Let’s talk about turbochargers. Dirty oil will attack a turbocharger faster than any other part on the diesel engine. When pulling a hill, the turbo can spin as fast as 112,000 RPM, and the ONLY item that keeps it cool, lubricated, and metal from touching metal is engine oil! It HAS to be clean! We have been taking pictures of turbochargers that have failed because of abuse, lack of lubrication, shutting down the engine when the exhaust gas temperature is above 300 degrees (you have to allow your engine to cool down before turning the key off), and drivers with a heavy right foot that repeatedly jab at the accelerator.
Years ago, I wrote about driving a semi-truck as though you have an uncooked egg under your right foot to illustrate that you need to go easy on and easy off the throttle. We need to go back to the basics of driving in order to keep the turbochargers alive and healthy!
There are only three manufacturers of turbos in the USA – Holset, Borg Warner and Air Research. We do not make turbochargers at Pittsburgh Power. We do, however, specify to the manufacturers which housing and wheels we want in the turbochargers we sell. Please don’t call me and tell me that “my” turbo is junk because you broke it – we do not manufacture the turbo. If you have scrapped out several turbochargers, you need to ask yourself, “What am I doing wrong?” However, this does not pertain to the VG-turbos on EGR engines built from 2003 to present – they have their own problems. Here, now, I am writing about turbos for 2002 and older engines.
The pictures below show you the damage to the turbo and what the cause was: #1 Turbine wheel hit by pieces of engine that came out through the exhaust manifold; #2 Broken turbine shaft caused by pushing too hard on the accelerator which causes the turbine wheel to spool up too quickly (this is also caused by rapid deceleration); #3 Dirty oil wiped out the turbo bearings (the bearing spins at half the rate of the turbine shaft – at idle, the bearings are spinning at 4,000 RPM while the wheels and shaft are at 8,000 RPM); #4 Heat cracks, which result from lugging the engine (pulling hills at 1,100 to 1,300 RPM, which is too low), driving without a working pyrometer, having a clogged air filter, or by leaks in the charge-air system; and #5 Turbo throwing oil when a crossover hose blows. The turbo is alright, just replace the hose and remove and clean the compressor. When the hose bursts while pulling a hill, all of the air escapes and the pressure differential behind the compressor allows oil to escape from the turbo. This is not a problem – the turbo will stop leaking once the hose is replaced.
Turbochargers are very sensitive pieces of equipment and are many times abused during every day driving conditions. They are put through hell, and to survive they need clean oil, clean air filters, unrestricted blow-by tubes, and cool exhaust gas temperatures (around 300 degrees) before the key is turned off. And, of course, it helps to have a gentle right foot on the throttle, especially if you have an engine built for high performance!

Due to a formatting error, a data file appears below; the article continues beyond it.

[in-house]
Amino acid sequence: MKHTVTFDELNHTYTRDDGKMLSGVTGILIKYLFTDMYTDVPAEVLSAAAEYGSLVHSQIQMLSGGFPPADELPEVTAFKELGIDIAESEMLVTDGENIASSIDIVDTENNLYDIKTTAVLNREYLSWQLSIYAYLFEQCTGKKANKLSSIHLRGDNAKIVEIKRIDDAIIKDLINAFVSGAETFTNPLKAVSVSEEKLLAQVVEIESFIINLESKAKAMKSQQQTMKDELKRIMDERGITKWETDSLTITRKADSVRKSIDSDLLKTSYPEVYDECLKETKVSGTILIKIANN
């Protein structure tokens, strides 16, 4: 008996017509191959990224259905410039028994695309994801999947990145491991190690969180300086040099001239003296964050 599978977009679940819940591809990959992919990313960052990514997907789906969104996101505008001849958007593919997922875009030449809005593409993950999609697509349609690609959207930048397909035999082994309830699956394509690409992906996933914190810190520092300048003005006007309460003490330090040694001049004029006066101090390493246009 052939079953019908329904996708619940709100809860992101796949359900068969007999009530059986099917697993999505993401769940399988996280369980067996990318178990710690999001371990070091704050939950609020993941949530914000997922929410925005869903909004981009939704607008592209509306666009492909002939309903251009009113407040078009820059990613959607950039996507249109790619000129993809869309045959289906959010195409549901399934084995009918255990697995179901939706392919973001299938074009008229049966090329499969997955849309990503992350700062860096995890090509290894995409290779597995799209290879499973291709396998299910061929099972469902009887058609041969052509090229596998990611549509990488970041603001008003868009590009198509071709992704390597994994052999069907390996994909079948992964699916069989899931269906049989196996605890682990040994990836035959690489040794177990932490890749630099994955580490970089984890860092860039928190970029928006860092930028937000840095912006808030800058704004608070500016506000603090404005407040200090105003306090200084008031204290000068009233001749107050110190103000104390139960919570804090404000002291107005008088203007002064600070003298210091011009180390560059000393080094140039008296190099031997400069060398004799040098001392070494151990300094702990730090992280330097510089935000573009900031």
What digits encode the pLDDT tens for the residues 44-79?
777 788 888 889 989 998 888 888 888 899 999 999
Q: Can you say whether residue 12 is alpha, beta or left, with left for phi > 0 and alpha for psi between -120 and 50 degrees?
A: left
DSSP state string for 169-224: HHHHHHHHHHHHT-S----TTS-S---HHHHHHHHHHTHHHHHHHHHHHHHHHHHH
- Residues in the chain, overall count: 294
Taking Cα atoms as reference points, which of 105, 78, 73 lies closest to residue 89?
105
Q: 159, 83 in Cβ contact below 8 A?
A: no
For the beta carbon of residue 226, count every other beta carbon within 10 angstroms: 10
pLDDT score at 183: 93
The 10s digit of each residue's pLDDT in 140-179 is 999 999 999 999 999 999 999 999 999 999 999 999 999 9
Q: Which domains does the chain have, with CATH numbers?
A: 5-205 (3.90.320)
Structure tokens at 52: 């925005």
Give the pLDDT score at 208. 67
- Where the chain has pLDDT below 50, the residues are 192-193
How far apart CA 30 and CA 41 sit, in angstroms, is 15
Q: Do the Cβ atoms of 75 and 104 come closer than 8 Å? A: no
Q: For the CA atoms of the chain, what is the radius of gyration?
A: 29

It’s winter again, which is the best time of the year – especially if you love to ride snowmobiles! This year, we are having our annual Owner Operator Snowmobile Conference in Montana. If you have never ridden an 800 c.c. mountain sled with a bunch of other owner operators, you are missing out on a great opportunity. We all know how diesel fanatics are when pulling a load up a mountain – well, it’s the same when you’re on a performance sled and the mountain is in front of you along with 20+ other guys with the same attitude!
During the conference, we snowmobile by day and then meet for a few drinks and dinner at night to talk about trucks, and, of course, snowmobiling. This conference is tax deductible – it is a business expense. At the end of the three days you will not only have had the vacation of a lifetime, but you will also have a bunch of new friends and know a lot more about your truck. We will be arriving on Thursday, February 27th, and ride on Friday, Saturday and Sunday. Plan to depart on Monday, March 3, 2014. We are staying at the Kelly Inn, located in West Yellowstone, Montana (800-259-4672). A block of rooms are being held under Pittsburgh Power. Contact them directly to reserve one of these rooms by January 11, 2014.
Snowmobile rentals are available at Yellowstone Adventures (800-231-5991) for Ski Doo snowmobiles. Mention that you are staying at the Kelly Inn for a 10% discount. The closest airport is Bozeman, Montana, which is 90 miles away. There is a shuttle service provided by Karst Stage (800-845-2778). Your flight must arrive by 1:30 p.m. on Thursday and depart after 1:00 p.m. on Monday. There is plenty of truck and trailer parking in West Yellowstone, and once you are there, you will not need to use your vehicle, as the entire town is snowmobile accessible, as are all of the restaurants, and even the IMAX theater! If you have never ridden a snowmobile before, we will teach you, and we’ll teach you the fast and proper way to mountain ride! For more information, I can be reached at Pittsburgh Power in Saxonburg, PA at (724) 360-4080 or via e-mail at email@example.com.